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Yezzi Yezzir, the host of the Hey Sis UK podcast, had a lot to say about the ridiculous beauty standards Black women are often subjected to on the Feb. 15 episode of the podcast. 

While discussing the topic of natural hair and appearance with her co-host Atieno Yemoja, also known as  A_Y,  Yessir questioned why Black women are often pressured to keep themselves “well kept” and groomed compared to women from other ethnic groups.

“Have you noticed the standard for Black women to be well kept is higher for any other type of women?” the podcaster opined.

“It’s like to be deemed as a good-looking Black woman, Yeah? You have to be 10 out of 10, seven days a week, 24/7. We are not given the grace — not that we need to be given it — but we don’t have a relaxed, casual look where we’re still rated a 10 out of 10. You have to be looking red carpet-ready all the time. ”

Yessir theorized that the ridiculous standard was connected to America’s obsession with “awing” over Black women. The media personality argued that for Black women to be deemed beautiful, “worthy,” or “interesting,” they must have a unique quality about their physical appearance or features to be seen. She also noted how beautiful Black women are often subjected to uncomfortable microaggressions in public, for example, people touching their hair without consent, compared to women of other ethnic groups.

“Every time people are in awe of the Black woman, it’s seen as a spectacle. It’s seen as a circus. It’s seen as a petting zoo. Your definition of being in awe is not every other woman’s definition of being in awe,” she stressed.

“A lot of people are in awe of other types of women from afar. You can admire her beauty from afar, and you don’t feel the need to touch her up close — it’s an admiration of beauty. But when it’s the Black woman, if I’m in awe of you, I must stop you. I need to taste you. I need to damn near be you,” Yezzir told Atieno.

The podcaster added that individuals infatuated with Black beauty often try to copy or emulate our stunning features because they are inherently envious.

“You can’t be the only one,” she said of those individuals. “When I take a bit of what you have –  your essence — you’re not special anymore.”

Black women react to Yezzir and Atieno’s debate on the Hey Sis UK podcast.

Yezzir’s spot-on argument struck a chord with Black women in the comments sections, who shared their negative experiences with unfair beauty standards.

“I just stopped caring,” one user wrote. “I do my hair myself, which isn’t professional. I hardly wear makeup, and I wear fashion that I like, which isn’t a trend. I’m overlooked most of the time, but why care? I have peace in being myself.”

Another netizen said she faced the “well-kept” discrepancy throughout her life because of her dark skin. Referring to her bullies as “They,” the user revealed that she was “masculinized” for wearing her natural hair.

“Afro = unkempt and straight hair = put together. You always have to smile and laugh, or you’re considered mean and uppity,” they added.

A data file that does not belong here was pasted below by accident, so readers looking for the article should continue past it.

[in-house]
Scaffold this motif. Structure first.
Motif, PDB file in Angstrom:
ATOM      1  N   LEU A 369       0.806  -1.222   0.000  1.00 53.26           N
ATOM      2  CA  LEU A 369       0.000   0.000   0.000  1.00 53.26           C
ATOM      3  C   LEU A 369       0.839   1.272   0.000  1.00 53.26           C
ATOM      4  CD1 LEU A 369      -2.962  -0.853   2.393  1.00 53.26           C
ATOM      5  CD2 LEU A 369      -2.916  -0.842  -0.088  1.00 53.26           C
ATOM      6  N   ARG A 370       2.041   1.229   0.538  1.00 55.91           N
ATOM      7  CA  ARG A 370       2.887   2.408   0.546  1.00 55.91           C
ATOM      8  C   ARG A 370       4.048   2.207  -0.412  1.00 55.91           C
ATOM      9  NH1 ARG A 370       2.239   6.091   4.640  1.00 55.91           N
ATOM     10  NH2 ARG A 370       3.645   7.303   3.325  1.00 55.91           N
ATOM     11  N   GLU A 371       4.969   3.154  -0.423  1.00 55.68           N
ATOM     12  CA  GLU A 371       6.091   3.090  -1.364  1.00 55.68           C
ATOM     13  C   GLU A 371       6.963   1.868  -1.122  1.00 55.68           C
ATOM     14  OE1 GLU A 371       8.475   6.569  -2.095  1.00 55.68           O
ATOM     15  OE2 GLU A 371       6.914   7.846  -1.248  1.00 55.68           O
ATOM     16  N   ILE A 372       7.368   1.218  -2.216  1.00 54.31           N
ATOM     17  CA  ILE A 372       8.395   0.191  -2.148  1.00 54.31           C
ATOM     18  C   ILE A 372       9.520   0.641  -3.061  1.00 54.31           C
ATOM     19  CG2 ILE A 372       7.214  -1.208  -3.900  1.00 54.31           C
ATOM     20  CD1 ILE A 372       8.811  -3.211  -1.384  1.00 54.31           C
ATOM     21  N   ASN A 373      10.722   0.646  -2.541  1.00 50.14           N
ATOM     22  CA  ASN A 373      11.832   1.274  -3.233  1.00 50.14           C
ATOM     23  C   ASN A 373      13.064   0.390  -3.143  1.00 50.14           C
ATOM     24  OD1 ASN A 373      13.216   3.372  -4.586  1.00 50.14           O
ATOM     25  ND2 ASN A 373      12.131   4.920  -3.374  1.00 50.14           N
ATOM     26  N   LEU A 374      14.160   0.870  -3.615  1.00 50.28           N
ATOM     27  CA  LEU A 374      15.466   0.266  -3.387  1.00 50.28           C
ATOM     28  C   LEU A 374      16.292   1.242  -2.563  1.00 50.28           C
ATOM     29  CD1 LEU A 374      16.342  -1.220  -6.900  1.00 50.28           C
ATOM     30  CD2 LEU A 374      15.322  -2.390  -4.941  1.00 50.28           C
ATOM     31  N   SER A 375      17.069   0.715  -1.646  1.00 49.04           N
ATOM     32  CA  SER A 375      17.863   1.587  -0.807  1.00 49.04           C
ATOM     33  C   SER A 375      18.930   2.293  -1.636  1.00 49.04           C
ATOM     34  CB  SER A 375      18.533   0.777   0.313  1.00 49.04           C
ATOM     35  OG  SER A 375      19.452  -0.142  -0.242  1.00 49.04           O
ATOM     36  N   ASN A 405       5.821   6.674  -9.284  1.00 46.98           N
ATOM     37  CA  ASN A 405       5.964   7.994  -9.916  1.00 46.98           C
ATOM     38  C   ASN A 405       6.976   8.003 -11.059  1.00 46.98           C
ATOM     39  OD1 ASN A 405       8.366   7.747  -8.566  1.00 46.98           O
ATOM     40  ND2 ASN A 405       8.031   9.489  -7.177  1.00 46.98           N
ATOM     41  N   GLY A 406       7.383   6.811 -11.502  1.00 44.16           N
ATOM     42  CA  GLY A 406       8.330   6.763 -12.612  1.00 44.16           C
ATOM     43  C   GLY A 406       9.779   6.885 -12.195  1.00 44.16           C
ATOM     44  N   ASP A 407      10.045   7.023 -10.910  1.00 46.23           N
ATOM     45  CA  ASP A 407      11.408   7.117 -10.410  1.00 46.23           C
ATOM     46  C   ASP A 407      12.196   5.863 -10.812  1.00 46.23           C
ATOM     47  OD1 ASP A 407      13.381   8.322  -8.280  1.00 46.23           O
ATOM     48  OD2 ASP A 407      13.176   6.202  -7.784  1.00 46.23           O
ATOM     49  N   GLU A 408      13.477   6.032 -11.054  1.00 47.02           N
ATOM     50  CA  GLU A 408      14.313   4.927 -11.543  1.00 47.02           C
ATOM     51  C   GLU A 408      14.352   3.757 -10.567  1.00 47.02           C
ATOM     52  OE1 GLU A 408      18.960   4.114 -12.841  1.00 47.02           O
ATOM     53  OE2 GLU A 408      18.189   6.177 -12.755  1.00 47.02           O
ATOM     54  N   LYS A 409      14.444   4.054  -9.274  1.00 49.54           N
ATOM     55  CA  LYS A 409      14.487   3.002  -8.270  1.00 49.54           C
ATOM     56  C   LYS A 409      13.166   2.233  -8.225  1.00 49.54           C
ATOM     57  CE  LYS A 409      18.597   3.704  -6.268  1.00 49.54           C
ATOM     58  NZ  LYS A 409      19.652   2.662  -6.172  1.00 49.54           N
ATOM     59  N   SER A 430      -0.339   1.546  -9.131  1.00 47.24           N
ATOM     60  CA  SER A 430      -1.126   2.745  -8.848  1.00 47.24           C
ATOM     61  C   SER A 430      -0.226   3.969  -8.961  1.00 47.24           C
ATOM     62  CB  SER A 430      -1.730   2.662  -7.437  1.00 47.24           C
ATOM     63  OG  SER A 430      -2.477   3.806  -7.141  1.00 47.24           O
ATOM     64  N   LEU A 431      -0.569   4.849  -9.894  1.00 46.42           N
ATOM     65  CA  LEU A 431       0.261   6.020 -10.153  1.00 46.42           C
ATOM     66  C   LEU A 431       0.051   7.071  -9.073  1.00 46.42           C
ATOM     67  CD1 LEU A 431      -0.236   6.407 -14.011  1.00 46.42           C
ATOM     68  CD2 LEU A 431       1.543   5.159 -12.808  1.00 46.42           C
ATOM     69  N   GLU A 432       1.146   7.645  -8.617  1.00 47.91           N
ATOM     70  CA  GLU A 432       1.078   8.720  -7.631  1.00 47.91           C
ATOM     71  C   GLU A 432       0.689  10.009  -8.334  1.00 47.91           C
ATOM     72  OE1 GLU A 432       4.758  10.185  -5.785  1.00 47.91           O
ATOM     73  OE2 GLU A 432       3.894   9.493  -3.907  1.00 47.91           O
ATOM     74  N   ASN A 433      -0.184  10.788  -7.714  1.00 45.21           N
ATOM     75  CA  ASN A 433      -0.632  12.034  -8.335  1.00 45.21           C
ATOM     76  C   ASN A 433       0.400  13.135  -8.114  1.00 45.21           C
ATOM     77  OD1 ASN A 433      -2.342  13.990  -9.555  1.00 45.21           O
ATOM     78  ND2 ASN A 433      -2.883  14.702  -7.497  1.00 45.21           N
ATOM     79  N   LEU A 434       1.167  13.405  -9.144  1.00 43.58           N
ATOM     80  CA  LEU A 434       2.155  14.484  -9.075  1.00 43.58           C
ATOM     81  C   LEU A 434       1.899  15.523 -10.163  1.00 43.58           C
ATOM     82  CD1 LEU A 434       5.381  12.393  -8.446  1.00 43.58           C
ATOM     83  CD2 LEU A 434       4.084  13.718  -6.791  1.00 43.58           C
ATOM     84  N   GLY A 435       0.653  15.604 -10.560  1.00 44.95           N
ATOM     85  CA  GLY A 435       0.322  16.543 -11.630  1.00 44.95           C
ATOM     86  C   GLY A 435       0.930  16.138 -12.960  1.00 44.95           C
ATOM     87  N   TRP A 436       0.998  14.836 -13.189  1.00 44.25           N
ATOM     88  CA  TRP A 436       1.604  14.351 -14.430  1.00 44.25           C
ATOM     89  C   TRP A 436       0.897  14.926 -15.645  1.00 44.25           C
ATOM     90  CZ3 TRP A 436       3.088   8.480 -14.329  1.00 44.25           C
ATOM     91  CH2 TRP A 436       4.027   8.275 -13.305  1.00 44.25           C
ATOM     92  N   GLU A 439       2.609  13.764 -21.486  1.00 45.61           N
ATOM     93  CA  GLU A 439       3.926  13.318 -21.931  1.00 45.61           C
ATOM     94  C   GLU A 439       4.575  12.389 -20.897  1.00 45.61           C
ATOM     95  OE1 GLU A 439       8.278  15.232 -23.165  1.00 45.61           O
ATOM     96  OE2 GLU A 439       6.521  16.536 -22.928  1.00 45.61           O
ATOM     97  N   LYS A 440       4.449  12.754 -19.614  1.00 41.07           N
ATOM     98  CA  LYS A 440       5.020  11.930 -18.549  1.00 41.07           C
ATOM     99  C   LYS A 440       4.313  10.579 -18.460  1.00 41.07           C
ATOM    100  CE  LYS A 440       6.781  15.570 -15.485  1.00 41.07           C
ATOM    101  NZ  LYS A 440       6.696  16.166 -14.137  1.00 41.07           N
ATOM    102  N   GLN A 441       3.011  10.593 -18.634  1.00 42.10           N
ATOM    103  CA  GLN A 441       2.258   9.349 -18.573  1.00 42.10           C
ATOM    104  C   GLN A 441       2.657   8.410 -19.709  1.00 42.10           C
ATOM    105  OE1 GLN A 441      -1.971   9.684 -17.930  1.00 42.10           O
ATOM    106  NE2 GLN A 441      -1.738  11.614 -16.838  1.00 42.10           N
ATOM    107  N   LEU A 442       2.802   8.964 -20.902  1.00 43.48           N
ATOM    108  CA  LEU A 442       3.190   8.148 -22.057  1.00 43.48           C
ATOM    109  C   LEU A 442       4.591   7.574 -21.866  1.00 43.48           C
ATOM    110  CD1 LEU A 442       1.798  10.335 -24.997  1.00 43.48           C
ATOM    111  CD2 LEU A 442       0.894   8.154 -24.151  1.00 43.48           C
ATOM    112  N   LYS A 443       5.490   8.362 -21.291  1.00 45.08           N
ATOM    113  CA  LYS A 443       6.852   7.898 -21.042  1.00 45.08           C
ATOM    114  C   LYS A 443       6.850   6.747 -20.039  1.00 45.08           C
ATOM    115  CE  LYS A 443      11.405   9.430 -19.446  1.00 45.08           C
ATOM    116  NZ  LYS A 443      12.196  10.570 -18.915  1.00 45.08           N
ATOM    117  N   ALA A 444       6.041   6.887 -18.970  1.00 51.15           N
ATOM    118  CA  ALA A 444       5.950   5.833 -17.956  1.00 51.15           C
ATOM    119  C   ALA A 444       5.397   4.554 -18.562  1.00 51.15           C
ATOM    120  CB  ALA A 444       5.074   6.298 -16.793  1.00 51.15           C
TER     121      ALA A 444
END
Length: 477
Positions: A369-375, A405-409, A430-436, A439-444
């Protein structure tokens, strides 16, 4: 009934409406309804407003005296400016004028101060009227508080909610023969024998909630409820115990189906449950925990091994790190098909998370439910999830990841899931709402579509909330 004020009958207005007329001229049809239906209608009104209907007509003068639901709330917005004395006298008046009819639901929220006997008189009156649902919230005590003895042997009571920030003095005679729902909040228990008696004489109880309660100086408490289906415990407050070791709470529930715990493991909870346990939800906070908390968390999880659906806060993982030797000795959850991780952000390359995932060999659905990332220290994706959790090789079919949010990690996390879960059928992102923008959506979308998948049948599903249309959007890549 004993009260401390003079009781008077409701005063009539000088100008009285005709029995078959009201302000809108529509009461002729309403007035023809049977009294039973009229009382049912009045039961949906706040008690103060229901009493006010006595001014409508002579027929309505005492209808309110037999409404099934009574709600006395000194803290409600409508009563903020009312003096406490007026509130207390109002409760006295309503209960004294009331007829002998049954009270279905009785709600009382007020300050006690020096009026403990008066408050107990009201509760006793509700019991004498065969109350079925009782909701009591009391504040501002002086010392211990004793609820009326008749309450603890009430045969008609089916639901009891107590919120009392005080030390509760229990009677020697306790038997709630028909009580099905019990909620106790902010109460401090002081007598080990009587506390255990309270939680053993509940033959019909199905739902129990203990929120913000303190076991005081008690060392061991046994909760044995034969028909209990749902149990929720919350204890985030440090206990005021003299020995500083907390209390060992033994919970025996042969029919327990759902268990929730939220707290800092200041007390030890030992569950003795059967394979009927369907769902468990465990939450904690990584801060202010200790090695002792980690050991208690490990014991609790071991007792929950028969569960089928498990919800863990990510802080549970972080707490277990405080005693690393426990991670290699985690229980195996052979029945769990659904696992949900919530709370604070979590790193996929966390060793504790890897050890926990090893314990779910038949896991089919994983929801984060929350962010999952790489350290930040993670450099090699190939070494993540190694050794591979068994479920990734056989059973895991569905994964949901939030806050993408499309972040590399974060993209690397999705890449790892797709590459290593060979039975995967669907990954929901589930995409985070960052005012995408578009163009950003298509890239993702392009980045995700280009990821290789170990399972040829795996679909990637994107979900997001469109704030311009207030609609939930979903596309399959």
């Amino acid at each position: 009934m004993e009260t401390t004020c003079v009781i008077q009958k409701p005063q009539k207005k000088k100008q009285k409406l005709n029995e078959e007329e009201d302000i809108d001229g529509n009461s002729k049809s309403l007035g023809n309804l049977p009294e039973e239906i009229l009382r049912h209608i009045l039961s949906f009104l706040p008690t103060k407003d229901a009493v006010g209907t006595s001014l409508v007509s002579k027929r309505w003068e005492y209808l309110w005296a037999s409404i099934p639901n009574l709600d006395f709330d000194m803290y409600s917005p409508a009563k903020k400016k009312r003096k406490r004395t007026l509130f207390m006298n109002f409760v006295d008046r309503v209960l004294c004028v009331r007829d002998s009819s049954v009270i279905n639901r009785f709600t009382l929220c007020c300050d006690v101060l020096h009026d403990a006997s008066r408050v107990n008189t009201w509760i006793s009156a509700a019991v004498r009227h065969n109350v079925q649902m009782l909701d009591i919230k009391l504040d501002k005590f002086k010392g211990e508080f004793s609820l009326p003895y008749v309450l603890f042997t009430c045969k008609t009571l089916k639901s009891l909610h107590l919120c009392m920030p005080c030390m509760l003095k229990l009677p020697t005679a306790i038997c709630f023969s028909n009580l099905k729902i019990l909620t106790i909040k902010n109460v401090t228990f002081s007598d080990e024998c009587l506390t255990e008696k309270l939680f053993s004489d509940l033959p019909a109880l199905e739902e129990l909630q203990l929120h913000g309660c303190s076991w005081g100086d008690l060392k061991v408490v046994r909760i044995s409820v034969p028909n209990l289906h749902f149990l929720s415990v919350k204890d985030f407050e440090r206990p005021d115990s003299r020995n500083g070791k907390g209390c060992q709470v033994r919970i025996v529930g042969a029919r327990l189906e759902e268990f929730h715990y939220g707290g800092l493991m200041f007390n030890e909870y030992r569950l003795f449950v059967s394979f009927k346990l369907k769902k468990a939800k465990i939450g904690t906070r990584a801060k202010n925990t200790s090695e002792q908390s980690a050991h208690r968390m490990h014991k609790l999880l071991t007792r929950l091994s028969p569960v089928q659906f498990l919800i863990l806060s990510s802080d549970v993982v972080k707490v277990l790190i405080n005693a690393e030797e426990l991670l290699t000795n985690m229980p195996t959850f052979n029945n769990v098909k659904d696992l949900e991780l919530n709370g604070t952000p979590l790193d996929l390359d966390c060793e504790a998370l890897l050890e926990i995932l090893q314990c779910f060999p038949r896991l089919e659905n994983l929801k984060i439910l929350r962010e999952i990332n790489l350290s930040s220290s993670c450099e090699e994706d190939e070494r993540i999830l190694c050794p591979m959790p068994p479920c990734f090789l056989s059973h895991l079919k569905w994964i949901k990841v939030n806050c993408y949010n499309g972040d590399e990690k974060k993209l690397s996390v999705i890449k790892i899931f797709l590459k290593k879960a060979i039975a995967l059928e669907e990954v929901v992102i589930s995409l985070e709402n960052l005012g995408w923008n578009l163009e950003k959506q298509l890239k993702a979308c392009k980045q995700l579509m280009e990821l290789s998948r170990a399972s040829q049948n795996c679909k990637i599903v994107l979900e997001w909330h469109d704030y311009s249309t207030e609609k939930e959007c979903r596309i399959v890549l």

One user noted how it was unfortunate to see Black women criticizing other Black women on their appearance.

A user in the comments section summed up the dilemma perfectly:

“That’s because both sides have internalized self-hatred. Due to the indoctrination and assimilation into white-driven societies and their institutions. Most Black folks aren’t ready for this conversation. As it requires self-examination and acknowledgment of one’s wrongs.”

In a world where Eurocentric ideals predominantly shape beauty standards, Black women often find themselves grappling with the pressure to conform to these norms. The demand to adhere to Eurocentric beauty standards usually derives from fear and survival. As Yezzir and Atieno mentioned on the podcast, in professional settings, Black individuals frequently encounter subtle yet harmful remarks, actions, or attitudes about their hair, race, or general appearance. These microaggressions can range from disrespectful comments to biased treatment in hiring, promotion, or uncomfortable interactions with coworkers and management.

A survey co-commissioned by Dove and LinkedIn in 2023 found that Black women were 2.5 times more likely to be seen as unprofessional by wearing their natural hair in the office. Around 54% of participants said they needed to wear their hair straight to be considered professional or successful. Some women said they experienced uncomfortable microaggressions from coworkers or higher-ups when wearing their natural hair or textured hair in the workplace.

“More than 20% of Black women aged between 25-34 had been sent home from work because of their hair,” the study noted.

Additionally, the media plays a significant role in perpetuating these standards, often promoting images of beauty that are unattainable for many Black women. From magazine covers to advertisements, the glorification of Eurocentric features reinforces the idea that Blackness is something to be fixed or altered to be deemed beautiful or desirable. As a result, many Black women feel pressured to conform to these unrealistic standards, leading to harmful practices such as skin bleaching, chemical hair straightening and cosmetic surgery. These ridiculous beauty standards can have a devastating effect on our mental health, contributing to issues like low self-esteem, body dysmorphia and depression, Shape notes.

We’re happy Yezzir and Atieno are finally shining a light on this issue so we can get one step closer to breaking free from these ridiculous standards.

Watch the full episode of the Hey Sis UK podcast below. Thoughts?




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